Ep. 1: An Introduction to Enactment [Ask Freudina]
How to Recognize Repetitive Behaviors and Patterns
Have you ever found yourself acting out repetitive behaviors over and over? These patterns can cause some serious problems, especially in relationships; for example, it is fairly common for couples to break up due to patterns of behavior from one or both parties, only for those people to then repeat those behaviors in their next relationship. Other times we find ourselves acting in the same way with a certain person despite evidence that those behaviors are harmful, like getting into petty fights with a sibling over and over. So what can we do to stop reacting instinctively and make more thoughtful decisions about our relationships?
It’s nearly impossible to avoid cliches here, but there’s a reason some things become cliche. By recognizing a problematic behavior pattern, you’ve already taken a major step towards changing that pattern. Next, you have to internalize the belief that it can really be changed.
Many people feel like these sorts of patterns are so entrenched and familiar to them that they start to accept them as inevitable parts of “who they are” or “what they grew up to be,” giving the patterns a sense of permanence. These same people often don’t realize that the repetitive behaviors they see as “inevitable” only arise in hyper-specific situations, and they are generally able to avoid those behaviors. Realizing this, and working on “defeating” your defeatist attitude, are your next steps towards freedom from your unhelpful behavioral instincts.
If you work hard enough at it, you might find yourself aware of your harmful patterns, and accepting of the idea that you can fix them, but still performing the behaviors over and over. Seeing as these patterns are often learned in childhood, and have been part of you for many years, just recognizing them and being ready to get rid of them can only do so much. You can learn a lot from looking at examples of these patterns in action, which is exactly what we do in episode one of the Ask Freudina Podcast. We hear from a few callers whose issues fall into this category, whether they realize it or not.
One caller describes his frustration with a standoffish co-worker who refuses to accept his (metaphorical) friendship bracelet.
Another caller delves into a dating dilemma that has him losing interest for an unusual reason – his dates seem a little too keen to jump into bed with him. We explore how he can overcome this pattern of rejection and have a shot at the meaningful relationship he wants.
Our last caller has trouble making up her mind, and not just in a “what to wear” kind of way – after going back and forth between two graduate school choices, she ends up saying yes to both, and has to figure out how to fix the situation.
We also enjoy a lighthearted break from the problems and dilemmas when our good friend Dr. Michael Singer, a well-known psychologist in New York, joins us on the line. We dissect the popularity of “tragic entertainment” in times of real tragedy.
Tune in and gain insight on:
- Identifying your own entrenched behavioral patterns, or looking back on situations in your life where you were performing them
- Identifying the impact which your feelings about yourself can have in social scenarios, such as dating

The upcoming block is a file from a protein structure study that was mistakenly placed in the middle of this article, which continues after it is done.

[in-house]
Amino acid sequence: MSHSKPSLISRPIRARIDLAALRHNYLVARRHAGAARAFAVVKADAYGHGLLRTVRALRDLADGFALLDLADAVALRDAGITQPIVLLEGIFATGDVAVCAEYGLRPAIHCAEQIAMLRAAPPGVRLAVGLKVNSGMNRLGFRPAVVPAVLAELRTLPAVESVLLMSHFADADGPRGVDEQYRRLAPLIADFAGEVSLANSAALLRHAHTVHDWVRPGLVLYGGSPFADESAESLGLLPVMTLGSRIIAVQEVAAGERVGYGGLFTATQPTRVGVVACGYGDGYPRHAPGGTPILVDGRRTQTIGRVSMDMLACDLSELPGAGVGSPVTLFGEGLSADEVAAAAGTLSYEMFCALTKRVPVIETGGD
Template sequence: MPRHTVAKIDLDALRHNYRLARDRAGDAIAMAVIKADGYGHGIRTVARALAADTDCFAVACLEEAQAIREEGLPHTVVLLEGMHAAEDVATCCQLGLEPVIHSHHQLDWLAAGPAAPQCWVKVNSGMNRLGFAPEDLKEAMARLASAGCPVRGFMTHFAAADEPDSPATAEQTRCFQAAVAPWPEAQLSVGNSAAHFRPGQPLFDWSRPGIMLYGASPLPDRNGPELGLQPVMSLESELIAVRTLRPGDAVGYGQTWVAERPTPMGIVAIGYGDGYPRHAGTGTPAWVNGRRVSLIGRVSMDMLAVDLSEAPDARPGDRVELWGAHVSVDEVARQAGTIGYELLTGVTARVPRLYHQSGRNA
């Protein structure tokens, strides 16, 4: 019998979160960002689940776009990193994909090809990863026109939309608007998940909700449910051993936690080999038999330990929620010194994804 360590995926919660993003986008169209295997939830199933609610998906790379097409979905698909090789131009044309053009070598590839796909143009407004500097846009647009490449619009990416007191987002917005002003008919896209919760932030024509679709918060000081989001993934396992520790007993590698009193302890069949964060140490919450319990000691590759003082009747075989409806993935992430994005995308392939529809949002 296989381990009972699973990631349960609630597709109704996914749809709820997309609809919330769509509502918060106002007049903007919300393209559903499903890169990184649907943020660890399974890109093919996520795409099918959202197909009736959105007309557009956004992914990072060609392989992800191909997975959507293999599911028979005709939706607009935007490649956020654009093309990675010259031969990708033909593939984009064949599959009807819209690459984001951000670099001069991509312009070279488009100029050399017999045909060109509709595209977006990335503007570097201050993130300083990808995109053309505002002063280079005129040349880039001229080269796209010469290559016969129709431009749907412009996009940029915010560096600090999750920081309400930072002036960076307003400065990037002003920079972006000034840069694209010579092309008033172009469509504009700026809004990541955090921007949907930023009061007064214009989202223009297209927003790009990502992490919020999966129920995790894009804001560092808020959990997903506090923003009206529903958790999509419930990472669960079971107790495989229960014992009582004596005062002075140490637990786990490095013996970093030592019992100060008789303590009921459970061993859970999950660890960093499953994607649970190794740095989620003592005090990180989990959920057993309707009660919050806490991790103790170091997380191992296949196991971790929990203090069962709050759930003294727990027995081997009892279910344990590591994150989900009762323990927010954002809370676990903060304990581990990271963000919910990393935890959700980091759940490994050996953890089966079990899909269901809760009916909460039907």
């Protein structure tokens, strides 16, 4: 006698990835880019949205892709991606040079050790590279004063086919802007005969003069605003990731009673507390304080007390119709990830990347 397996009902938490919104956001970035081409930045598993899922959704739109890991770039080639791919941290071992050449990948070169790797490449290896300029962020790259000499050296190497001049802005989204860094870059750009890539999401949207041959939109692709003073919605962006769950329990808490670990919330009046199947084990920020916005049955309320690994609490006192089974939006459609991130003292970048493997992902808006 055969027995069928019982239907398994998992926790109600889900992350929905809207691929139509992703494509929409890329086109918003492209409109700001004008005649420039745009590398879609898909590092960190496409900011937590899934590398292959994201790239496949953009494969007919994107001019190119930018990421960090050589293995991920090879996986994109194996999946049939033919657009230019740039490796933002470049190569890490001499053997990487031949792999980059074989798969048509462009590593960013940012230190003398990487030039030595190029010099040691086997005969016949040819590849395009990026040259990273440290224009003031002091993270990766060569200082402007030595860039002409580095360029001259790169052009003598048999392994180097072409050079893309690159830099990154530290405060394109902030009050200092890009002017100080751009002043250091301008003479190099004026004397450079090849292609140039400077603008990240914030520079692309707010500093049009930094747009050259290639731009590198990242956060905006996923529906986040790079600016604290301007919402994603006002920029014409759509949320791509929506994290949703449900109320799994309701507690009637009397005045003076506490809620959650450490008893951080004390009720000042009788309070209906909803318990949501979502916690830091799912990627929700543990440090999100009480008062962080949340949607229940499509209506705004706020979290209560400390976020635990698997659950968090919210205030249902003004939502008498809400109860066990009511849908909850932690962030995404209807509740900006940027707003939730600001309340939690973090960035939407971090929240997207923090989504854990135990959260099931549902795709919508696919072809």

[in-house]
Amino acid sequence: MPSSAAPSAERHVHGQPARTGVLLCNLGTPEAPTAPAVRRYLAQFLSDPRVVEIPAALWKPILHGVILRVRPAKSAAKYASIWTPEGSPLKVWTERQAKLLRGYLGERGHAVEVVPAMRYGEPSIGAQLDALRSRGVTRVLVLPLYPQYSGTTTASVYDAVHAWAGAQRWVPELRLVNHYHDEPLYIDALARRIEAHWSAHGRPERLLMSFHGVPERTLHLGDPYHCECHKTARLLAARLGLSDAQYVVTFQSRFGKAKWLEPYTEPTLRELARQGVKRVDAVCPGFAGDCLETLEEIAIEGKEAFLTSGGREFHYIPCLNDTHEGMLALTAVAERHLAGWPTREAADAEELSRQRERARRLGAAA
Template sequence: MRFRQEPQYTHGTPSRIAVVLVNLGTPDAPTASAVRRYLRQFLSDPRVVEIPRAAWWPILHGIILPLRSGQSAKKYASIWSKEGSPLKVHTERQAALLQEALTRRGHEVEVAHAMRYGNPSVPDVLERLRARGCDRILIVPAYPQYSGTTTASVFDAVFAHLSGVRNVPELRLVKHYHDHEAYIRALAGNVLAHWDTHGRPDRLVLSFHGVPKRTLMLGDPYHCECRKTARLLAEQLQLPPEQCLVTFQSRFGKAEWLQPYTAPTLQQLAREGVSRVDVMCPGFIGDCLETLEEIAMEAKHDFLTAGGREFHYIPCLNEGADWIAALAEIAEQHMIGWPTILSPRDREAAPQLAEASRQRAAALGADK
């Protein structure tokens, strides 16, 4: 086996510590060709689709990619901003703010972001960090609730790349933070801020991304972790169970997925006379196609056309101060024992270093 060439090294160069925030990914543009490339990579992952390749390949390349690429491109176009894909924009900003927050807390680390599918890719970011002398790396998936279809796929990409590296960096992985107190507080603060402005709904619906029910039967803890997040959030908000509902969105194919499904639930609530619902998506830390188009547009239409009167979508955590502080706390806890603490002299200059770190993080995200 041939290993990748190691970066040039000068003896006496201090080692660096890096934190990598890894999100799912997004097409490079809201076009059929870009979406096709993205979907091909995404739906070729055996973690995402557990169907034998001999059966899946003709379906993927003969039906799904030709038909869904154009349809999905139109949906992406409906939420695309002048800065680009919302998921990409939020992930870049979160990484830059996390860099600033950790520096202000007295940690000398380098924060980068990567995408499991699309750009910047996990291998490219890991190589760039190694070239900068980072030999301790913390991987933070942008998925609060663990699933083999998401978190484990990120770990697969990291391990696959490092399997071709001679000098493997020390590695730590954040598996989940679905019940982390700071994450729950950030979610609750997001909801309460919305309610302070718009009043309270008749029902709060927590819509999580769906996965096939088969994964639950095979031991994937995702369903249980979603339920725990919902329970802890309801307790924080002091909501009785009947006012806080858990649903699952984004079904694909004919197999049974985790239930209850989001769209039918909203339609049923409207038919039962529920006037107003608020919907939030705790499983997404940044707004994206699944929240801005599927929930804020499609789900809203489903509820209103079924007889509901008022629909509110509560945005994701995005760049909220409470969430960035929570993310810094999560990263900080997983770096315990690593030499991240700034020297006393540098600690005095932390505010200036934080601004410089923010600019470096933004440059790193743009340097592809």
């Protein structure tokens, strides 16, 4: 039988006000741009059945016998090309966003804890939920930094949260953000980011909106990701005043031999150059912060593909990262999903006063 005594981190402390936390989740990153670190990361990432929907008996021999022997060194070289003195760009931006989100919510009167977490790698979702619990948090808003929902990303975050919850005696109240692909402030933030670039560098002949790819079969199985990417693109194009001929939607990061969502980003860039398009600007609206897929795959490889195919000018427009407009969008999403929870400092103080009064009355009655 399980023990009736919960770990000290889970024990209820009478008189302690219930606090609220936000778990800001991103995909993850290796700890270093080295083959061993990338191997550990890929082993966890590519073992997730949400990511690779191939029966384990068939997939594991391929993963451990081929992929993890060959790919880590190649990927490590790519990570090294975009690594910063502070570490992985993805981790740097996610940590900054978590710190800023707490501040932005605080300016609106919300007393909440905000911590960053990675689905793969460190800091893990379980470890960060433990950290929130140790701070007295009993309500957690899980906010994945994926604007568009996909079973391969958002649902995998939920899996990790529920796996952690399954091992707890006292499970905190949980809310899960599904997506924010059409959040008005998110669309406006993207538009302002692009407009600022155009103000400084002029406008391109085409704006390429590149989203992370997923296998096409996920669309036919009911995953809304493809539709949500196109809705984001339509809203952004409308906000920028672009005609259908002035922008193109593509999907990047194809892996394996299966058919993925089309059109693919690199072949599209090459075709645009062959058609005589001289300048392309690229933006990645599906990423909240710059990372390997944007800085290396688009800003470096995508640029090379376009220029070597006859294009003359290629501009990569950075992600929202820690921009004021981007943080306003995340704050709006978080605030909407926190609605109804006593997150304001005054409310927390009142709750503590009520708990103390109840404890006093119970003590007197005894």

- How and why historical narratives of tragedy in the media and entertainment industry seem attractive and even comforting to consume during times of crisis
- How our entertainment selections help us internalize what’s going on, especially during stormy weather
- Why people can be indecisive, and why it causes us so much pain
If you find yourself engaging in repetitive behaviors that seem to be deeply ingrained in your personality, or if you have a tendency to react to situations in a way that causes you more trouble than it should, this episode is made for you.
Curious about the more technical terms? Dive into this week’s Shrink Think Bonus Episode!
In this episode, we take an in-depth look at what enactment is and why it is important to understand the role it plays in our lives. We discuss how the wordless communication we absorb during childhood has a significant impact on our communication style in adulthood. This info provides a really good basis for Freudina’s advice to our callers this week, and, perhaps, a better grasp of our own enactments. Don’t miss it!
A Quote to Remember
“… we learn scripts and roles early in life, and are doomed to repeat these roles– and only these roles– for the rest of our lives… unless we recognize them and make a deliberate attempt to shift our perspectives and flip our scripts.” — Dr. Alison Feit
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About the Author
I am a Harvard and Yale trained psychologist who has worked with clients around the world to help them find well-being, mentored executives and entrepreneurs, mediated business disputes, and done lots of writing and teaching.
Here are a few things you should know about the way I work…
- I believe in reducing pain as quickly as possible! Psychological symptoms, such as anxiety and depression, are simply terrible to live with and my first goal is to help you find immediate relief.
- -I believe symptoms also convey important information about each person’s innermost desires, pains, and histories. Through understanding your hidden conflicts, internal struggles clear up and symptoms resolve.
- As you may have noticed, I take serious problems seriously - but I always make room to inject humor into a situation. (Good thing I went into psychology - otherwise I’d probably still be trying to make it in improv theater!)